Mangals come in all sizes. From the romantic ‘2 people’ version Olivier and I have used sometimes, to the enormous super party size that we’ve seen at corporate barbecues. The small ones are usually disposable, although you can buy more permanent ones that you take home with you. You can also make your own, if you didn’t have time to pick one up at the shop. There’s often old pieces of mangal metal, or bricks and other non-flammable material around that you can use to construct your own personal, temporary mangal. Here are some examples of different mangals.
Shashlik parties are a wonderful tradition. And even though they’re quite similar to Australian barbecues, and probably similar to barbecues in your part of the world (I mean, meat and beer and friends is universal!), they really are different because of the way the meat is prepared and cooked.
Let’s look at the meat. I think the most popular meat for shashlik in Russia is pork (Russians, please correct me if I’m wrong!). But you can use any meat for shashlik. Pork, beef (although I’ve rarely seen this), lamb, chicken, even salmon or other fish can be used. The meat is cut into large cubes, or, if it’s chicken pieces on the bone, for example, it’s left as is and a different device is used for cooking (more on that later).
And then you have vegetables like potato, eggplant (aubergine), red and green peppers (and yellow if you want!), onions, mushrooms etc. Of course, this also means that vegetarians aren’t left out of the fun.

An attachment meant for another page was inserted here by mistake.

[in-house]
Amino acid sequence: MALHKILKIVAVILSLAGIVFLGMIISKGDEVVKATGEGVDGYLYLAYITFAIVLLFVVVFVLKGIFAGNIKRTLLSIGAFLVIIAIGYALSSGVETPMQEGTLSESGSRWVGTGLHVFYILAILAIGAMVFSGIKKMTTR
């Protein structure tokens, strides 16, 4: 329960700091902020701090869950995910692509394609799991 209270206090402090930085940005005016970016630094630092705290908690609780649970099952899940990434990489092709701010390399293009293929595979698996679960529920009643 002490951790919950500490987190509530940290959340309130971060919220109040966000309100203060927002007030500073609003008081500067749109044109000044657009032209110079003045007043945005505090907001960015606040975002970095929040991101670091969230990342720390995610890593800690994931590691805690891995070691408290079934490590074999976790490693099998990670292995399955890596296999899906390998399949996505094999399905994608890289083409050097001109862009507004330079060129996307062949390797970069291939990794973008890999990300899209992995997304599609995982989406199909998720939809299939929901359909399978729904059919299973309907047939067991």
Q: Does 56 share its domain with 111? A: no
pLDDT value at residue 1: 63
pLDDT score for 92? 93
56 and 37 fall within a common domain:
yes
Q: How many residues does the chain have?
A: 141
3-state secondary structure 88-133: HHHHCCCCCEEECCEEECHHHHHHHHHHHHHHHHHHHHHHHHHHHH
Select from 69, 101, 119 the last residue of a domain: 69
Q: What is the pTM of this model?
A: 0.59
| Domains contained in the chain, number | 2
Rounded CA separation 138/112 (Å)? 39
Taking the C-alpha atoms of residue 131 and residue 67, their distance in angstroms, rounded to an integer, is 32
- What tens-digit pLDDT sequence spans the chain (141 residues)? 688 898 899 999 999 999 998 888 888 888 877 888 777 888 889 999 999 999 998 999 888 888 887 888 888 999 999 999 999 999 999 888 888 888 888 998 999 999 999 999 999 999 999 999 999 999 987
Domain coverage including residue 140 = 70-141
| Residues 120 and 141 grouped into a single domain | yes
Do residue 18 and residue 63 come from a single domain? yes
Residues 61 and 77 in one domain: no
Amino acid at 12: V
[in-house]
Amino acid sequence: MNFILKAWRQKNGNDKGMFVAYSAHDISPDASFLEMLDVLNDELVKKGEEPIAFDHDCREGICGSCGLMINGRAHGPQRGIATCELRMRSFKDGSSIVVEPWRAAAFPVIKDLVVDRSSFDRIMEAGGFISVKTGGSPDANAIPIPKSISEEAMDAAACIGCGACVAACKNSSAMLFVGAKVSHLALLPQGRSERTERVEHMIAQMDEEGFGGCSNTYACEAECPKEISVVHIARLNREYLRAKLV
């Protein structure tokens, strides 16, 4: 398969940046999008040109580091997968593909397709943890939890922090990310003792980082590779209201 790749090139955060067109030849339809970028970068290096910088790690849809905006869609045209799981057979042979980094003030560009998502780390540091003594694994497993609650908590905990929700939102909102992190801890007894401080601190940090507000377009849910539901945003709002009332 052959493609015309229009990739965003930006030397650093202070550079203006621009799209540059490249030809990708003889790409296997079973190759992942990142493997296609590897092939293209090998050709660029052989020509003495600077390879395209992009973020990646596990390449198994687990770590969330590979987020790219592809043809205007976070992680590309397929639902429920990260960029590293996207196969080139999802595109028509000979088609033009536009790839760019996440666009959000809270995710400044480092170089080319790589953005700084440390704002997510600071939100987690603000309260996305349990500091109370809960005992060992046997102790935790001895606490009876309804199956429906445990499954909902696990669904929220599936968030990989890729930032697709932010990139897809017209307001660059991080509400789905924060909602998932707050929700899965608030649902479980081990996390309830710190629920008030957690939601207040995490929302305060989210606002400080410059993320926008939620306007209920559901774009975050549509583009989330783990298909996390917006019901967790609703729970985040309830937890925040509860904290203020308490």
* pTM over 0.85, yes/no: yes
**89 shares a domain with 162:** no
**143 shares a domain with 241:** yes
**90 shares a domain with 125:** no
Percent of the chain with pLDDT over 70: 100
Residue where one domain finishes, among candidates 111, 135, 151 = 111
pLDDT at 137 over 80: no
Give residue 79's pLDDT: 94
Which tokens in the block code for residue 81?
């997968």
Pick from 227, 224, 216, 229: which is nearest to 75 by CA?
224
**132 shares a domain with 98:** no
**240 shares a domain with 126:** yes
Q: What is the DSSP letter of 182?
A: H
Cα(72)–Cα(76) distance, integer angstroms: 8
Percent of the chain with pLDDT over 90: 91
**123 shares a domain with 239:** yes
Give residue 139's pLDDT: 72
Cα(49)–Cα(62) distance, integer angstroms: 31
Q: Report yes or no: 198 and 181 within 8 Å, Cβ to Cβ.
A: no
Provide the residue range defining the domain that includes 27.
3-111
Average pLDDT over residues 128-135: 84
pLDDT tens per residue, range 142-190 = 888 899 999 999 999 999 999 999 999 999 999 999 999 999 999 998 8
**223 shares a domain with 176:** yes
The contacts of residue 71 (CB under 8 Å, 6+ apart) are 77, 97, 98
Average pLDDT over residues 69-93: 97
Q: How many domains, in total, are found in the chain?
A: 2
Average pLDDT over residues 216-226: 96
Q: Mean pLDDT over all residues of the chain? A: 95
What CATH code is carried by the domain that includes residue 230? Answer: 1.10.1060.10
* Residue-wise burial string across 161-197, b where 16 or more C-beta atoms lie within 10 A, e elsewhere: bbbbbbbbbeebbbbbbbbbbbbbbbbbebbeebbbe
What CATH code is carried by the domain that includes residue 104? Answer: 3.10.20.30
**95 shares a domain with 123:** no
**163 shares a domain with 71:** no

The meat is first marinated to get it tasty and tender. There are so many different marinades that it’s impossible to tell you what is the most common. The main thing that all marinades have in common is an acid – vinegar, wine, lemon juice or some other variety. The acid helps make the meat more tender (I’m not going to give you a science lesson right now, if you want to find out how this happens then Google is your friend).
Then, in the marinade you can also have chopped/minced onion, some spices (it varies depending on which version is being made), some peppers and green herbs. It’s best to marinate the meat overnight, but a few hours can be enough.
If you don’t want to marinate the meat yourself, it’s not a problem. Marinated shashlik meat is available everywhere. You can buy it loose, by the kg, or you can buy it in big buckets already to pick up and take with you. This meat is usually surprisingly good, and tender, even though it’s produced in bulk.